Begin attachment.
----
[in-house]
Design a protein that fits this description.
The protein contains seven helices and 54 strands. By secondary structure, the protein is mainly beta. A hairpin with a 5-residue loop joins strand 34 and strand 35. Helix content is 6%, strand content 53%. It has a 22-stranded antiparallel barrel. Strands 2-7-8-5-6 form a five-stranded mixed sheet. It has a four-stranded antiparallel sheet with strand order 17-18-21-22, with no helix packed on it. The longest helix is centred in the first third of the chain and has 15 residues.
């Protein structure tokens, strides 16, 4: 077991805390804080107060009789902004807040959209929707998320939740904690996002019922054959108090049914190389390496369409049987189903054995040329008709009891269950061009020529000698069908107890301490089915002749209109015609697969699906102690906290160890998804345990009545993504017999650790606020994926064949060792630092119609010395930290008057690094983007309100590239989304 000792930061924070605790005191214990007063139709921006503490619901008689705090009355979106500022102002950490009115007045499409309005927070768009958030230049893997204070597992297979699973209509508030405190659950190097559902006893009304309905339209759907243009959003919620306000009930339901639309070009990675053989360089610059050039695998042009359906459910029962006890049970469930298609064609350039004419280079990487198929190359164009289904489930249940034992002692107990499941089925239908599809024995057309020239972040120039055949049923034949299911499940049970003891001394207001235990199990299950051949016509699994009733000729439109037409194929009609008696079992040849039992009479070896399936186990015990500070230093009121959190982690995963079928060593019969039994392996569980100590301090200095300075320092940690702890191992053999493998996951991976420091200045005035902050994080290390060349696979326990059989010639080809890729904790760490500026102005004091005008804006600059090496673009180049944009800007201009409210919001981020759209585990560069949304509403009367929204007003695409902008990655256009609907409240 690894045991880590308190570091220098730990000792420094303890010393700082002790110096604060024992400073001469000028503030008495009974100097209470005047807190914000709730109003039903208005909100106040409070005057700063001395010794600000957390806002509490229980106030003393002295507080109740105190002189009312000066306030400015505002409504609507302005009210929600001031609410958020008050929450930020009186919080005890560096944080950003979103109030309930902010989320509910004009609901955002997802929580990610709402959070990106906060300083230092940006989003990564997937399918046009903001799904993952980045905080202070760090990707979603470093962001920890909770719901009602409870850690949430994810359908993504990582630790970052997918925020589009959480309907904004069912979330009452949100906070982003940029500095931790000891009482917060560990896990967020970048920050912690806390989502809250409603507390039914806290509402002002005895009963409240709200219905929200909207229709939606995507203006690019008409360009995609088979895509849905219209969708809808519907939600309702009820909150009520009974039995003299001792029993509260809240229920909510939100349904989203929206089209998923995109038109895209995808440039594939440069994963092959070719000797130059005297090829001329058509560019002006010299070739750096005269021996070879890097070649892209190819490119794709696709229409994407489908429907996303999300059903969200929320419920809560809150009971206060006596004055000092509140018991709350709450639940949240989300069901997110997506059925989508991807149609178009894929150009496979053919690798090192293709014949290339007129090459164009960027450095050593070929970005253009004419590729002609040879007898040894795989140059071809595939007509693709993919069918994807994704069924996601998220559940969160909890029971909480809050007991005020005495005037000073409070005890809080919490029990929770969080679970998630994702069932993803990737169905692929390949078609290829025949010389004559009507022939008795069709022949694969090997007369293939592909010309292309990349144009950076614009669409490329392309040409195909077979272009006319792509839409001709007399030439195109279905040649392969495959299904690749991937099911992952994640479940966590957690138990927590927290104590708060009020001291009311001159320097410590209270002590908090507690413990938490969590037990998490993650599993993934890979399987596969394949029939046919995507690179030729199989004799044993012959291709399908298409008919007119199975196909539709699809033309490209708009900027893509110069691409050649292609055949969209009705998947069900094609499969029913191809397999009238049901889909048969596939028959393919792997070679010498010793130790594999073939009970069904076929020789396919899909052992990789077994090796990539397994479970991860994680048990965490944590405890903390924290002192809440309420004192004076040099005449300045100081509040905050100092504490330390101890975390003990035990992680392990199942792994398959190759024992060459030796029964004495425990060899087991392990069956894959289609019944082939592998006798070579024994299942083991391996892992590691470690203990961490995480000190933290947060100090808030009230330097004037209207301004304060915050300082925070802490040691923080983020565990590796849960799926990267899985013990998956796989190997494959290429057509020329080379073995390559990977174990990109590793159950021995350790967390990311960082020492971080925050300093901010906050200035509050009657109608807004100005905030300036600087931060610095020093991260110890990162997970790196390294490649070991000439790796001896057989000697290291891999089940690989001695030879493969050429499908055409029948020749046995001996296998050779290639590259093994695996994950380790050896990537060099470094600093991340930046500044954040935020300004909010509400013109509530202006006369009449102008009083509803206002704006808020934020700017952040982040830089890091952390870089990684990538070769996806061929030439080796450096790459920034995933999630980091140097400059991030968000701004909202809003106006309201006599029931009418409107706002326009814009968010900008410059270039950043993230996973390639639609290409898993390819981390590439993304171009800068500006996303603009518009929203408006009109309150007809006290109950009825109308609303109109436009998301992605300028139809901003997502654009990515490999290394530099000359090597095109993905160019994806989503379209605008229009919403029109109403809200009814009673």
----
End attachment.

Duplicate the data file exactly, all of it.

[in-house]
Design a protein that fits this description.
The protein contains seven helices and 54 strands. By secondary structure, the protein is mainly beta. A hairpin with a 5-residue loop joins strand 34 and strand 35. Helix content is 6%, strand content 53%. It has a 22-stranded antiparallel barrel. Strands 2-7-8-5-6 form a five-stranded mixed sheet. It has a four-stranded antiparallel sheet with strand order 17-18-21-22, with no helix packed on it. The longest helix is centred in the first third of the chain and has 15 residues.
């Protein structure tokens, strides 16, 4: 077991805390804080107060009789902004807040959209929707998320939740904690996002019922054959108090049914190389390496369409049987189903054995040329008709009891269950061009020529000698069908107890301490089915002749209109015609697969699906102690906290160890998804345990009545993504017999650790606020994926064949060792630092119609010395930290008057690094983007309100590239989304 000792930061924070605790005191214990007063139709921006503490619901008689705090009355979106500022102002950490009115007045499409309005927070768009958030230049893997204070597992297979699973209509508030405190659950190097559902006893009304309905339209759907243009959003919620306000009930339901639309070009990675053989360089610059050039695998042009359906459910029962006890049970469930298609064609350039004419280079990487198929190359164009289904489930249940034992002692107990499941089925239908599809024995057309020239972040120039055949049923034949299911499940049970003891001394207001235990199990299950051949016509699994009733000729439109037409194929009609008696079992040849039992009479070896399936186990015990500070230093009121959190982690995963079928060593019969039994392996569980100590301090200095300075320092940690702890191992053999493998996951991976420091200045005035902050994080290390060349696979326990059989010639080809890729904790760490500026102005004091005008804006600059090496673009180049944009800007201009409210919001981020759209585990560069949304509403009367929204007003695409902008990655256009609907409240 690894045991880590308190570091220098730990000792420094303890010393700082002790110096604060024992400073001469000028503030008495009974100097209470005047807190914000709730109003039903208005909100106040409070005057700063001395010794600000957390806002509490229980106030003393002295507080109740105190002189009312000066306030400015505002409504609507302005009210929600001031609410958020008050929450930020009186919080005890560096944080950003979103109030309930902010989320509910004009609901955002997802929580990610709402959070990106906060300083230092940006989003990564997937399918046009903001799904993952980045905080202070760090990707979603470093962001920890909770719901009602409870850690949430994810359908993504990582630790970052997918925020589009959480309907904004069912979330009452949100906070982003940029500095931790000891009482917060560990896990967020970048920050912690806390989502809250409603507390039914806290509402002002005895009963409240709200219905929200909207229709939606995507203006690019008409360009995609088979895509849905219209969708809808519907939600309702009820909150009520009974039995003299001792029993509260809240229920909510939100349904989203929206089209998923995109038109895209995808440039594939440069994963092959070719000797130059005297090829001329058509560019002006010299070739750096005269021996070879890097070649892209190819490119794709696709229409994407489908429907996303999300059903969200929320419920809560809150009971206060006596004055000092509140018991709350709450639940949240989300069901997110997506059925989508991807149609178009894929150009496979053919690798090192293709014949290339007129090459164009960027450095050593070929970005253009004419590729002609040879007898040894795989140059071809595939007509693709993919069918994807994704069924996601998220559940969160909890029971909480809050007991005020005495005037000073409070005890809080919490029990929770969080679970998630994702069932993803990737169905692929390949078609290829025949010389004559009507022939008795069709022949694969090997007369293939592909010309292309990349144009950076614009669409490329392309040409195909077979272009006319792509839409001709007399030439195109279905040649392969495959299904690749991937099911992952994640479940966590957690138990927590927290104590708060009020001291009311001159320097410590209270002590908090507690413990938490969590037990998490993650599993993934890979399987596969394949029939046919995507690179030729199989004799044993012959291709399908298409008919007119199975196909539709699809033309490209708009900027893509110069691409050649292609055949969209009705998947069900094609499969029913191809397999009238049901889909048969596939028959393919792997070679010498010793130790594999073939009970069904076929020789396919899909052992990789077994090796990539397994479970991860994680048990965490944590405890903390924290002192809440309420004192004076040099005449300045100081509040905050100092504490330390101890975390003990035990992680392990199942792994398959190759024992060459030796029964004495425990060899087991392990069956894959289609019944082939592998006798070579024994299942083991391996892992590691470690203990961490995480000190933290947060100090808030009230330097004037209207301004304060915050300082925070802490040691923080983020565990590796849960799926990267899985013990998956796989190997494959290429057509020329080379073995390559990977174990990109590793159950021995350790967390990311960082020492971080925050300093901010906050200035509050009657109608807004100005905030300036600087931060610095020093991260110890990162997970790196390294490649070991000439790796001896057989000697290291891999089940690989001695030879493969050429499908055409029948020749046995001996296998050779290639590259093994695996994950380790050896990537060099470094600093991340930046500044954040935020300004909010509400013109509530202006006369009449102008009083509803206002704006808020934020700017952040982040830089890091952390870089990684990538070769996806061929030439080796450096790459920034995933999630980091140097400059991030968000701004909202809003106006309201006599029931009418409107706002326009814009968010900008410059270039950043993230996973390639639609290409898993390819981390590439993304171009800068500006996303603009518009929203408006009109309150007809006290109950009825109308609303109109436009998301992605300028139809901003997502654009990515490999290394530099000359090597095109993905160019994806989503379209605008229009919403029109109403809200009814009673």